How to Avoid & Prepare for a Flat Tire on Your RV or Trailer

Family adventures in your RV or with your trailer in tow can come to a screeching halt with just one flat tire. Now what? If you’re planning ahead and wondering what you’ll need to change a flat tire on your RV or trailer, we’ve put together some tips and a list of tire-changing tools you’ll need for your own vehicle.

We talked to some of our tire experts at Les Schwab who spend most of their summer weekends exploring their favorite places across Oregon in their RVs or with their trailers in tow. In fact, we even checked out some of the toolkits they carry in their RVs and trailers to see what they take along. Here’s what we found and what they recommend.

Start With the Spare

Your RV or trailer spare tire is one of the most important items you can carry when you travel. Without it, you may be waiting for roadside assistance or unhooking your rig and driving back into town to fix the trailer tire.

Before you head out, bring your RV or trailer into the Les Schwab Tire Center near you. We’ll check all of your tires, including your spare for cracks, separating tread, and other issues that could leave you stranded.

Les Schwab Tip: Be sure your spare is easily accessible. If it’s not mounted to the back of the RV or trailer, put it somewhere that is easy to reach.

Visually Inspect Your RV and Trailer Tires at Every Stop

It’s tough to tell if your RV or trailer tire is on the verge of tire failure or a flat. Every time you stop for gas, bathroom breaks, or meals, check all the tires for wear, escaping air, and cracks. If you notice anything unusual, get to the nearest Les Schwab before it becomes a problem.

Les Schwab Tip: If your tire goes flat anywhere near one of our locations, we may be able to come to you during regular business hours. Give us a call.

Check the Tire Pressure

A lot of RV and trailer tire failures happen because of low tire pressure. With a simple gauge, an electric pump, or a trip to Les Schwab, you can help keep your tire pressure at an optimum level. Check out Using a Tire Pressure Gauge for more helpful advice.

Pack Extra Tools

Do you have all the right tools to change ALL of the tires on your RV or trailer? This list should help you get back on the road quickly if you ever need to change a flat tire.

  1. Leather Gloves to protect your hands. Our tire experts have changed thousands of flat tires and they list heavy gloves as a must-have. Any gloves are better than nothing, but they affirm that leather gloves are more durable when handling heavy, hot metal.

  2. Bottle Jack is a compact lifting device that comes in a variety of sizes and lifting capacities. Bring a piece of plywood with your bottle jack to help stabilize it and prevent it from sinking into the ground if the shoulder is soggy, the asphalt is hot, or if it’s otherwise unstable. You’ll be glad you have it if you find yourself with a blowout in a muddy patch of road.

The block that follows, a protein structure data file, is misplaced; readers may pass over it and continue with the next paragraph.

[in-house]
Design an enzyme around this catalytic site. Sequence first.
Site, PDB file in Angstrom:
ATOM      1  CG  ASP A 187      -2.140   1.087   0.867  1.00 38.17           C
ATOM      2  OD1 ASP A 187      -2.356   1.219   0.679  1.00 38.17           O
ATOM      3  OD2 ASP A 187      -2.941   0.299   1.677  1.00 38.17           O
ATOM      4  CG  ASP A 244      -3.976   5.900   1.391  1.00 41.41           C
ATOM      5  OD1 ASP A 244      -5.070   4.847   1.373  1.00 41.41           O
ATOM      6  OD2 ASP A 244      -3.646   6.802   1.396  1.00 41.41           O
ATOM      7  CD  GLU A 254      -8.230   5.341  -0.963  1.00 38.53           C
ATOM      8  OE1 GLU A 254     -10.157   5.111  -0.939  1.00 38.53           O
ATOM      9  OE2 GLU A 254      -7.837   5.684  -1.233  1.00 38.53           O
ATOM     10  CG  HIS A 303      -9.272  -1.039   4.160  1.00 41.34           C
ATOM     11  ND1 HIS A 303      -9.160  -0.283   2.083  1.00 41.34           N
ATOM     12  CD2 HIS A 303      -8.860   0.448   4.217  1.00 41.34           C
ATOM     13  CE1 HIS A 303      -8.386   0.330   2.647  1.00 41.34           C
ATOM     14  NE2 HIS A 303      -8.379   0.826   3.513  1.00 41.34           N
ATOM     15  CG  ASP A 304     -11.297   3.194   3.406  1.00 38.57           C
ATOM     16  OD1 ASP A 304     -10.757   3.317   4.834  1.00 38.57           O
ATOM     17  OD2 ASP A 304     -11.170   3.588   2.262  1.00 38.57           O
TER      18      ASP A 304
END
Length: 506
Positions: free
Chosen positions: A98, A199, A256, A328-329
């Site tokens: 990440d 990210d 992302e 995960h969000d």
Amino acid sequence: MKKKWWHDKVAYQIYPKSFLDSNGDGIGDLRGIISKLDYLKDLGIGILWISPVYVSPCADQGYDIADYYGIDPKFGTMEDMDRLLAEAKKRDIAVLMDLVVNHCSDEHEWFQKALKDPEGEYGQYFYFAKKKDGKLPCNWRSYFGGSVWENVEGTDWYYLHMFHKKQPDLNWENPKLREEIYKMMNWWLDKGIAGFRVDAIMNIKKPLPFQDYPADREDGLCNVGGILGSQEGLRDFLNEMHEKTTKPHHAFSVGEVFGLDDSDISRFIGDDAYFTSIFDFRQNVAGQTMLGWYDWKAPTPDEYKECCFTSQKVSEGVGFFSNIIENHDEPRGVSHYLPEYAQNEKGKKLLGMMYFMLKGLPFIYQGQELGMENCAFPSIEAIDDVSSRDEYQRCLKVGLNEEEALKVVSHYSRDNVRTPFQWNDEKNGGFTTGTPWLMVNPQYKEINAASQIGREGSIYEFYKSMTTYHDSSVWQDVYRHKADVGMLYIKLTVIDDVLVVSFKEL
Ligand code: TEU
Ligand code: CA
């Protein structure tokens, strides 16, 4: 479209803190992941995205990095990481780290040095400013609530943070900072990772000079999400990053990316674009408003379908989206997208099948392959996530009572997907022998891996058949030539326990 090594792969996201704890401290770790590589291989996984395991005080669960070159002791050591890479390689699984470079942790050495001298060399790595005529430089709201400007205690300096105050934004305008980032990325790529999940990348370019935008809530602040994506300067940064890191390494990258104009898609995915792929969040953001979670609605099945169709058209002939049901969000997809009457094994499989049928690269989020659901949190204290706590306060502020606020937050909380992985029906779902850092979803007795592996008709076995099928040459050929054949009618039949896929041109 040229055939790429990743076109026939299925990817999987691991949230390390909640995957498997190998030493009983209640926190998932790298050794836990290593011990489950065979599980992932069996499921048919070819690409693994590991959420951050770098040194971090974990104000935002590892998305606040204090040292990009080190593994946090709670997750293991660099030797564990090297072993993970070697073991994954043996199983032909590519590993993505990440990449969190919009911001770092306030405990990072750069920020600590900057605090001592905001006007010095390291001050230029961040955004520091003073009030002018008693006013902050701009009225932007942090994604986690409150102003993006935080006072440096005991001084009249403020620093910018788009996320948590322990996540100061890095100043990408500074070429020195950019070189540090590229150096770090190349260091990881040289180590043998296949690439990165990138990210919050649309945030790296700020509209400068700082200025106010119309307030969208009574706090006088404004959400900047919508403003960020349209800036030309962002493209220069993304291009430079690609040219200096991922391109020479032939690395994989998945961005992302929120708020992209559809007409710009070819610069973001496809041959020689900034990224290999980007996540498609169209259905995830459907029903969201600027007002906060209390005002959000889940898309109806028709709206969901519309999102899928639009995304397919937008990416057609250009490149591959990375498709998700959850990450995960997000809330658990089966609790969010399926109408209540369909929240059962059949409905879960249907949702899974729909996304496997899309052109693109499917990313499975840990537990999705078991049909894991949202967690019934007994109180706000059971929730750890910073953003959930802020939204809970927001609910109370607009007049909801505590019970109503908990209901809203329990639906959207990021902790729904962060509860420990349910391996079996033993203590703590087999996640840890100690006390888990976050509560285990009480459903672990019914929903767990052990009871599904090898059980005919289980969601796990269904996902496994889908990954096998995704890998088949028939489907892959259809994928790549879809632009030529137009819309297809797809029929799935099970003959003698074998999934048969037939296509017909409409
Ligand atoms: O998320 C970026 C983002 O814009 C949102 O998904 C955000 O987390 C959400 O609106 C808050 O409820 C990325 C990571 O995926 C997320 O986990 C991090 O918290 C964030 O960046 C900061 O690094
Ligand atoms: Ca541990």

3. Long Handle Lug Wrench comes in a variety of sizes and is essential for loosening the lug nuts. You’ll also need sockets that fit the lugs on EVERY wheel. Remember to check the spare, too. Those lugs can often be a different size.

  4. Torque Wrench will help you tighten the lugs properly without damaging the wheel studs. Incorrect tightening of the lug nuts can cause a loss of torque pressure between the wheel and the mounting surface, potentially causing the wheel to come loose.

  5. Socket Set and Cordless Impact Wrench and/or Gun to make some of the work easier. You’ll still need the lug wrench to loosen each lug and the torque wrench to tighten them properly.

  6. Bolt Cutter. Those who’ve been traveling by RV or hauling trailers for a while have changed a flat or two over the years. One thing they’ve learned to always carry is a bolt cutter to remove the steel cords from a tire that has failed and wrapped itself around the axle. Long handles can help reach where you need it.

  7. Reflectors or Flares don’t need to be expensive or heavy duty to help alert traffic and keep you safe. In addition to turning on your hazard lights, place one reflector close behind your RV or trailer and another 10-15 feet farther away. (Not Shown)

  8. Mat or Towel to protect your knees from the inevitable, unforgiving pavement and rocks. You’ll appreciate the protective layer to keep your clothes a little drier and cleaner when the road is hot and dirty in the summer or cold and icy in the winter. (not shown)

A selection of tools to use when changing a trailer or RV tire.

Other Tips for Getting Your RV or Trailer Ready for the Road

Before you head out, we’ve compiled our top 10 tips to get your RV or trailer ready for the road. As you’re planning your road trip, use this handy interactive essential road trip checklist to make sure you and your vehicle are as prepared as possible.

Les Schwab Knows RV and Trailer Tires

Your local Les Schwab carries the right tires, wheels, and accessories for your RV or trailer, plus we’re here to inspect your tires, including your spare, and offer helpful advice for your next outing. Stop by or schedule an appointment today.

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